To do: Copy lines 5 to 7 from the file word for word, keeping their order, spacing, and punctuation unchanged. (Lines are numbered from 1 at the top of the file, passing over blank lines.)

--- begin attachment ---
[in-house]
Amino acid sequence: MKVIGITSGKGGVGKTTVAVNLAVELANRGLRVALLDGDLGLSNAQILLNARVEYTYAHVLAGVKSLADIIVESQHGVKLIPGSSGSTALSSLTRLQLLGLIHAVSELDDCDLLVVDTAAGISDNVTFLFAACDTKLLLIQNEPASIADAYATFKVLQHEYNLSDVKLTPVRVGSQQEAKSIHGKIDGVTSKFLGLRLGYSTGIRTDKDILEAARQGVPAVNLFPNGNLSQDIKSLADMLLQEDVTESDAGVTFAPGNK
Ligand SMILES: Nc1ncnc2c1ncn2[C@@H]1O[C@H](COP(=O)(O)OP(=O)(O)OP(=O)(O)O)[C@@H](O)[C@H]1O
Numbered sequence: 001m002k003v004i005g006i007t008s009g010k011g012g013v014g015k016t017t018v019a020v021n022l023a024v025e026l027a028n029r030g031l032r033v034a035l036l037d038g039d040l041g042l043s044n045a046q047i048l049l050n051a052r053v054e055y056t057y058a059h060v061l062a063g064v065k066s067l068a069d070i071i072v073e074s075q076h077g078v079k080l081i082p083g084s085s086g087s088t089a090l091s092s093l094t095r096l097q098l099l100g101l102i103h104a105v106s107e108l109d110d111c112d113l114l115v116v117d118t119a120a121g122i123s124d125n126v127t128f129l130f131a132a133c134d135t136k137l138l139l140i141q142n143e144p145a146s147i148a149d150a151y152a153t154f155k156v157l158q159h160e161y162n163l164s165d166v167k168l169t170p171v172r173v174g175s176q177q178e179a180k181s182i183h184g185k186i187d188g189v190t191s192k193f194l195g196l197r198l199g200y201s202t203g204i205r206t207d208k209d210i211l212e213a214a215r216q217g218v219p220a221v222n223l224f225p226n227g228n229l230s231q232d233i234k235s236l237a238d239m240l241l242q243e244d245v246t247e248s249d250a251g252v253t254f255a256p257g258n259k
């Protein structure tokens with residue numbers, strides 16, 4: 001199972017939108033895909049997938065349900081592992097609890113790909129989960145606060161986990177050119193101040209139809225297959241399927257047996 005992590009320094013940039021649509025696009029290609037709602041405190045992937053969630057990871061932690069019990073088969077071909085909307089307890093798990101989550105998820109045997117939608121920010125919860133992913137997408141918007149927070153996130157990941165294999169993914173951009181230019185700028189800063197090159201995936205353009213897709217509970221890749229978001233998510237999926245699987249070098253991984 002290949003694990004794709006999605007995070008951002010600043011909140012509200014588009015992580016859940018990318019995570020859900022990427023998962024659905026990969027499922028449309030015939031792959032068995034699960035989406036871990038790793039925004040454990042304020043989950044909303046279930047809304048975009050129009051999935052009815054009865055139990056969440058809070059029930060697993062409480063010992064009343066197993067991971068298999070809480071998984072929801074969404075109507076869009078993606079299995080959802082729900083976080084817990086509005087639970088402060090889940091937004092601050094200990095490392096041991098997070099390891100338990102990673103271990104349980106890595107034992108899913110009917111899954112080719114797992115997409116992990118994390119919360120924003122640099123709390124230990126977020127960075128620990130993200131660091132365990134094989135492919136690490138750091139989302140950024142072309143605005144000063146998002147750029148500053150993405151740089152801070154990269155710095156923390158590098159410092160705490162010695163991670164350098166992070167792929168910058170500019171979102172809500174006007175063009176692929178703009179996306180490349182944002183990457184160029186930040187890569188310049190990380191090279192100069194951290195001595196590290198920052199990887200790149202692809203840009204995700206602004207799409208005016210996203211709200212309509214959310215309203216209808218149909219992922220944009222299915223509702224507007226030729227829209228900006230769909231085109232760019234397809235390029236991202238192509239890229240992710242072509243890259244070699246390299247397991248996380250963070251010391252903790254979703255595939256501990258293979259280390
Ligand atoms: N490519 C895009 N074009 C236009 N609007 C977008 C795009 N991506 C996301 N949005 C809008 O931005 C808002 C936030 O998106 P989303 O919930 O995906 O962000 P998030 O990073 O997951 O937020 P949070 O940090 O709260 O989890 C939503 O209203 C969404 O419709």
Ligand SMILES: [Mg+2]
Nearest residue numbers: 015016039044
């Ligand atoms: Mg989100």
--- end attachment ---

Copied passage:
């Protein structure tokens with residue numbers, strides 16, 4: 001199972017939108033895909049997938065349900081592992097609890113790909129989960145606060161986990177050119193101040209139809225297959241399927257047996 005992590009320094013940039021649509025696009029290609037709602041405190045992937053969630057990871061932690069019990073088969077071909085909307089307890093798990101989550105998820109045997117939608121920010125919860133992913137997408141918007149927070153996130157990941165294999169993914173951009181230019185700028189800063197090159201995936205353009213897709217509970221890749229978001233998510237999926245699987249070098253991984 002290949003694990004794709006999605007995070008951002010600043011909140012509200014588009015992580016859940018990318019995570020859900022990427023998962024659905026990969027499922028449309030015939031792959032068995034699960035989406036871990038790793039925004040454990042304020043989950044909303046279930047809304048975009050129009051999935052009815054009865055139990056969440058809070059029930060697993062409480063010992064009343066197993067991971068298999070809480071998984072929801074969404075109507076869009078993606079299995080959802082729900083976080084817990086509005087639970088402060090889940091937004092601050094200990095490392096041991098997070099390891100338990102990673103271990104349980106890595107034992108899913110009917111899954112080719114797992115997409116992990118994390119919360120924003122640099123709390124230990126977020127960075128620990130993200131660091132365990134094989135492919136690490138750091139989302140950024142072309143605005144000063146998002147750029148500053150993405151740089152801070154990269155710095156923390158590098159410092160705490162010695163991670164350098166992070167792929168910058170500019171979102172809500174006007175063009176692929178703009179996306180490349182944002183990457184160029186930040187890569188310049190990380191090279192100069194951290195001595196590290198920052199990887200790149202692809203840009204995700206602004207799409208005016210996203211709200212309509214959310215309203216209808218149909219992922220944009222299915223509702224507007226030729227829209228900006230769909231085109232760019234397809235390029236991202238192509239890229240992710242072509243890259244070699246390299247397991248996380250963070251010391252903790254979703255595939256501990258293979259280390
Ligand atoms: N490519 C895009 N074009 C236009 N609007 C977008 C795009 N991506 C996301 N949005 C809008 O931005 C808002 C936030 O998106 P989303 O919930 O995906 O962000 P998030 O990073 O997951 O937020 P949070 O940090 O709260 O989890 C939503 O209203 C969404 O419709």
Ligand SMILES: [Mg+2]